Whether you don’t have time to order conventional grass stain busters or you just prefer to go the all-natural route, Marla says vinegar may be your secret weapon.
“If you’re using white vinegar to remove grass stains, mix equal parts vinegar and water. Then work the solution into the stain. Allow the solution to stand for five minutes.”
You’ll still need to toss the vinegar solution-treated grass stains into the laundry machine with your usual soaps, though. Of course, use the cool cycle and don’t throw your garments in the dryer until you’re entirely sure the grass stains have been fully lifted.
In a pinch? Rubbing alcohol can be diluted and used in exactly the same fashion.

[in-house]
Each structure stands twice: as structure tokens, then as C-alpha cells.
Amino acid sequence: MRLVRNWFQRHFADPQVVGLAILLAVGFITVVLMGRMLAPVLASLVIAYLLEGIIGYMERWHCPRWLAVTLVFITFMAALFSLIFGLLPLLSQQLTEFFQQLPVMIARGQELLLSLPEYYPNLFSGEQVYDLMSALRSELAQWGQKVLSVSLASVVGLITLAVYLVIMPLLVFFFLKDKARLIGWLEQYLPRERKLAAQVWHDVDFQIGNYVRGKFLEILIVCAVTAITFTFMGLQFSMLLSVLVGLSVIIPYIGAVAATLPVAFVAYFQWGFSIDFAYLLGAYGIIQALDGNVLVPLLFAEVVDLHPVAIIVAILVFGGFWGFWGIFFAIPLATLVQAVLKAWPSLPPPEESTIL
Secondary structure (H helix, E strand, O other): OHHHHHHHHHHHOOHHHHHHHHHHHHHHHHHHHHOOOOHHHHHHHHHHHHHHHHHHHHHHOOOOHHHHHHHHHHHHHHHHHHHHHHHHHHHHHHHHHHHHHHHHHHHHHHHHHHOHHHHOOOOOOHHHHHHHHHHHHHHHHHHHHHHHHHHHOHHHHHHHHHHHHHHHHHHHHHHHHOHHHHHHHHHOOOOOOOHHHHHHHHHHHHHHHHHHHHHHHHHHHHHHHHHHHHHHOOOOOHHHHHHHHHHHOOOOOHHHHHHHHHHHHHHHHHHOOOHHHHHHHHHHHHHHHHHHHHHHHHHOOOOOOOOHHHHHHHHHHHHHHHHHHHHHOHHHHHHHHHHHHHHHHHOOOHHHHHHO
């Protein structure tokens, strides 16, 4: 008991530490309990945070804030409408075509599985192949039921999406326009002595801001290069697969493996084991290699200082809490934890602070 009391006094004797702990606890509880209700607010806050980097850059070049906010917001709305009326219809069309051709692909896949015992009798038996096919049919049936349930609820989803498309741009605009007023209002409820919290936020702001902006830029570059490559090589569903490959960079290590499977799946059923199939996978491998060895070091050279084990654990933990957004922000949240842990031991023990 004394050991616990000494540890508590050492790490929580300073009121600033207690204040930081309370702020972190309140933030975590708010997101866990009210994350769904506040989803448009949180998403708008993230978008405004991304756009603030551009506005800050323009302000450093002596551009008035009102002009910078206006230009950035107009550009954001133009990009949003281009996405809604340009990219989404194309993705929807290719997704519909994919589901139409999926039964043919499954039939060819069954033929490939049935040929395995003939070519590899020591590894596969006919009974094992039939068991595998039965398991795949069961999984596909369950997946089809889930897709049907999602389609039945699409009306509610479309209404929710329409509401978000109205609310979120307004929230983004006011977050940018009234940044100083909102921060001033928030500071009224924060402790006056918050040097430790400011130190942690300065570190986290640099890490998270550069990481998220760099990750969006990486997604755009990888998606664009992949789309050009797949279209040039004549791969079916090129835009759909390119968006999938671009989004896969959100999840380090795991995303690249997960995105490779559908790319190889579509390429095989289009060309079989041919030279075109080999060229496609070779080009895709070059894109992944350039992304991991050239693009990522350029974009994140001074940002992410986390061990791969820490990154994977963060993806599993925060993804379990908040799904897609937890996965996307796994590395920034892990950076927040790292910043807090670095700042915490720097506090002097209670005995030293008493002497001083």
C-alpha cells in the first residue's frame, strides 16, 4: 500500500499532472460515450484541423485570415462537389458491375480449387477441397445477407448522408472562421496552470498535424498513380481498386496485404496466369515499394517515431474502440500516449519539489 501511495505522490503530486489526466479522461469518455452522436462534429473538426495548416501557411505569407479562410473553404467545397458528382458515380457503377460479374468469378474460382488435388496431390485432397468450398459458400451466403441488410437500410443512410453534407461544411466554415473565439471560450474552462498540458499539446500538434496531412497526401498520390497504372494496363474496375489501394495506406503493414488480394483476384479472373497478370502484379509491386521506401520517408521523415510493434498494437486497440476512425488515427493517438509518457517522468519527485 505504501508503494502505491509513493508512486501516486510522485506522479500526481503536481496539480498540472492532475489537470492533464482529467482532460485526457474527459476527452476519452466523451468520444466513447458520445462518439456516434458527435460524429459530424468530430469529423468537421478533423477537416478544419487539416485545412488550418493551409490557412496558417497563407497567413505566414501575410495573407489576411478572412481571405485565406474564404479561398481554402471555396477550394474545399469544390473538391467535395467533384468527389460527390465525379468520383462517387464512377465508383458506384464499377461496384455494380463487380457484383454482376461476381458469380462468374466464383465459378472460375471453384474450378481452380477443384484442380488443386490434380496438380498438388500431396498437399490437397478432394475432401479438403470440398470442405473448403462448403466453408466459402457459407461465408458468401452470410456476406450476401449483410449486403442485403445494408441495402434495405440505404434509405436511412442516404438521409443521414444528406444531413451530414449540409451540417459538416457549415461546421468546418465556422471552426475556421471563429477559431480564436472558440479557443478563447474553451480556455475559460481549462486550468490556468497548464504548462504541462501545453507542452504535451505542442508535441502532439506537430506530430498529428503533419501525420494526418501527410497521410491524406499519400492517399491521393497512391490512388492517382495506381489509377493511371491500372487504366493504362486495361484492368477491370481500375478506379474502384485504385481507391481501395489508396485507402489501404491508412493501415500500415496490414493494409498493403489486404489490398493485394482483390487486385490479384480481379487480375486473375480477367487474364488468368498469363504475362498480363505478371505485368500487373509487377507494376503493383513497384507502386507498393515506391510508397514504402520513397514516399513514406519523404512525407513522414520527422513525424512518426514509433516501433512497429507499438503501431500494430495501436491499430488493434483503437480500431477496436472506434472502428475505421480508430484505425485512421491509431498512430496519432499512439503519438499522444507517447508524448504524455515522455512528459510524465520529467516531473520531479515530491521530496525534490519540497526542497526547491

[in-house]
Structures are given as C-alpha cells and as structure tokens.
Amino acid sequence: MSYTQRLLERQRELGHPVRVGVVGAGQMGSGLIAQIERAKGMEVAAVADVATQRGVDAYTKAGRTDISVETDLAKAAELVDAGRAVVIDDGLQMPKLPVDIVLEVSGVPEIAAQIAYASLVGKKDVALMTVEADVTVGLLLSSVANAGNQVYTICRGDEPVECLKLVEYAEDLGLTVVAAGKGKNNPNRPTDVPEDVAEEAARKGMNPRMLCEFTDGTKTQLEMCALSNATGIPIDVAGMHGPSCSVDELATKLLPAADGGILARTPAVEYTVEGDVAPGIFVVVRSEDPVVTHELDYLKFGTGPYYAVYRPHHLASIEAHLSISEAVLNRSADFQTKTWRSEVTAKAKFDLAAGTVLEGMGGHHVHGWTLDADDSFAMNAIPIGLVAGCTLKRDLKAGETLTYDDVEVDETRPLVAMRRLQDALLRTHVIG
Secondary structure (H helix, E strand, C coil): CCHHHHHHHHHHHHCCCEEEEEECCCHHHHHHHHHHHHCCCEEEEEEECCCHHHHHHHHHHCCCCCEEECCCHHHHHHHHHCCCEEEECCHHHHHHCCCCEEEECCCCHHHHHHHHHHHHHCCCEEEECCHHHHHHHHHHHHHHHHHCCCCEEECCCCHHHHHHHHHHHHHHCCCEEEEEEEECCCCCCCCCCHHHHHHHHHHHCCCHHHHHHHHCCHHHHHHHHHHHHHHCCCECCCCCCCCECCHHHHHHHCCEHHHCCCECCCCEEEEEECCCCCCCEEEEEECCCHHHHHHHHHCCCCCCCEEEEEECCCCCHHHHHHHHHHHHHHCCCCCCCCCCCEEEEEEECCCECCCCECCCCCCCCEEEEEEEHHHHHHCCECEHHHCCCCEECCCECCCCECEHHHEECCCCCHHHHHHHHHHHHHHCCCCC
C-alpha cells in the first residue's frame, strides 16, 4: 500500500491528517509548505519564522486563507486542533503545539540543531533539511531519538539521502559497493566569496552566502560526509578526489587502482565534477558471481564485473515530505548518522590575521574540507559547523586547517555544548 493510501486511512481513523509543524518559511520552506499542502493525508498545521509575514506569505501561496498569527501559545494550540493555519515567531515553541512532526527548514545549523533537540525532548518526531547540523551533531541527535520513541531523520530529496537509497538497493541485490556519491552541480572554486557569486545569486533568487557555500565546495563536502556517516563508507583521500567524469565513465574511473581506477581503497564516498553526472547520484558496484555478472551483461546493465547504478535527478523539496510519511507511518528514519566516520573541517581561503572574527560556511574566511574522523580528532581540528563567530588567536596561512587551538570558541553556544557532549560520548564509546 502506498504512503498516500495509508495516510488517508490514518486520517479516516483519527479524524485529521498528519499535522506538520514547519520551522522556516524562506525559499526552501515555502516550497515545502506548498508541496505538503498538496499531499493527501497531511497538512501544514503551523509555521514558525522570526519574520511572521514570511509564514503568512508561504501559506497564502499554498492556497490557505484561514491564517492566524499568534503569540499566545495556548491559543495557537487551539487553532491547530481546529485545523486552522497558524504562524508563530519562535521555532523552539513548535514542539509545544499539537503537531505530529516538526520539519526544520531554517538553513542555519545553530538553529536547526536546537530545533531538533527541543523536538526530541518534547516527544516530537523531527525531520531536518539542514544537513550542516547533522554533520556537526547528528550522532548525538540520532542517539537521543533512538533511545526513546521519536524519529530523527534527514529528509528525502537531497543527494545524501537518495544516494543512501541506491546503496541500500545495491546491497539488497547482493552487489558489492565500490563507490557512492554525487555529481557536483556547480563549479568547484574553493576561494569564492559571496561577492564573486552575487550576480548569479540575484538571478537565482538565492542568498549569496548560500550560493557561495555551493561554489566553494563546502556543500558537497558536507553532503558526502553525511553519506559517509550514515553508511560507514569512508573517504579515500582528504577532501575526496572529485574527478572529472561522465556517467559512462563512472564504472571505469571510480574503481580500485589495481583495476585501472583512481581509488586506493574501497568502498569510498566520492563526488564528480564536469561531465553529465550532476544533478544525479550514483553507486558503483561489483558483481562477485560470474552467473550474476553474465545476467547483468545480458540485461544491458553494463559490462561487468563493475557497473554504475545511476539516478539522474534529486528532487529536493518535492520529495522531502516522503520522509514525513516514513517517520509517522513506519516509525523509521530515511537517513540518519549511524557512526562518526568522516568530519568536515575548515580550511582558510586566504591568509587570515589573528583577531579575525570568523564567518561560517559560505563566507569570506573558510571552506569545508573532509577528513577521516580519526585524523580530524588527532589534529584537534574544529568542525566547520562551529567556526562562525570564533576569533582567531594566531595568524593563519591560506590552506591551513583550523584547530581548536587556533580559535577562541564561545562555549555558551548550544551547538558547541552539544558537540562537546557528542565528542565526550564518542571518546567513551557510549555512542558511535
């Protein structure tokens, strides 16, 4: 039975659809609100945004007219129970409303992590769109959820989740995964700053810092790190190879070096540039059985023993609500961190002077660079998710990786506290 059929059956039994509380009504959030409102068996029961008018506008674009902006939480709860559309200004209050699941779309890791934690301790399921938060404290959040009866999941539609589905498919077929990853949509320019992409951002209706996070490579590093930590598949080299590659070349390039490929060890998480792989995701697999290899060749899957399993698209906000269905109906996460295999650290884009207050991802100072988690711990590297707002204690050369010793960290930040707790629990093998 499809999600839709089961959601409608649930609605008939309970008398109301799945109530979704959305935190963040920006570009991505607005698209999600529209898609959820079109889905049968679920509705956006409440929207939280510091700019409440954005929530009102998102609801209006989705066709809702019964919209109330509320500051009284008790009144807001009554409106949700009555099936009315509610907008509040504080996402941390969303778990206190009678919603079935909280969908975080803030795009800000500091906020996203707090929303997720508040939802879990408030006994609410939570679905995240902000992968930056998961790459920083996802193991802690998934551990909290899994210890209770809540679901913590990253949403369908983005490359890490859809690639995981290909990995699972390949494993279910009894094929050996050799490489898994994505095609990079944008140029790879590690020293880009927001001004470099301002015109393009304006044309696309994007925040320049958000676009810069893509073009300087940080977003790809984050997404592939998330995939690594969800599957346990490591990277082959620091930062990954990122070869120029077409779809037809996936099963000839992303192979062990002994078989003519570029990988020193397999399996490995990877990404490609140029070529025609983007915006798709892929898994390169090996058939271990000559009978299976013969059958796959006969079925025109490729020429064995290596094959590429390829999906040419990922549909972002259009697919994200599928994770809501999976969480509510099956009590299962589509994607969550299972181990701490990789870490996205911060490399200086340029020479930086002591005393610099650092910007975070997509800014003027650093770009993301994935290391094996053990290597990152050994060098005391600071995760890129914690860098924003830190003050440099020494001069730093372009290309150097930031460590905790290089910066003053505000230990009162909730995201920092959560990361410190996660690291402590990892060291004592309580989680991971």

Is hydrogen peroxide good for removing grass stains?
While it may help a little to bleach the stain, it won’t do much to lift mud or chlorophyll marks. In fact, it may even damage delicate fabrics.
Are there any fabrics that shouldn’t use the grass stain removals mentioned above?
Anything that says ‘dry clean only’ on the label should be taken to professional cleaners. Silks, cashmere and leather shouldn’t be cold water soaked either.
Does dish soap remove grass stains?
It is a detergent, though a harsh one. If you have a fresh grass stain and no access to your stain removal kit and brush, a dollop of dish soap diluted in plenty of cool water can help keep the stain hydrated and ready to treat. The surfactants in dish soap will likely lift excess dirt, mud and fat-based stains in your fabric as well.
It won’t remove grass stains from clothes entirely, though, because dish soap isn’t designed to remove pigments like those found in nature.
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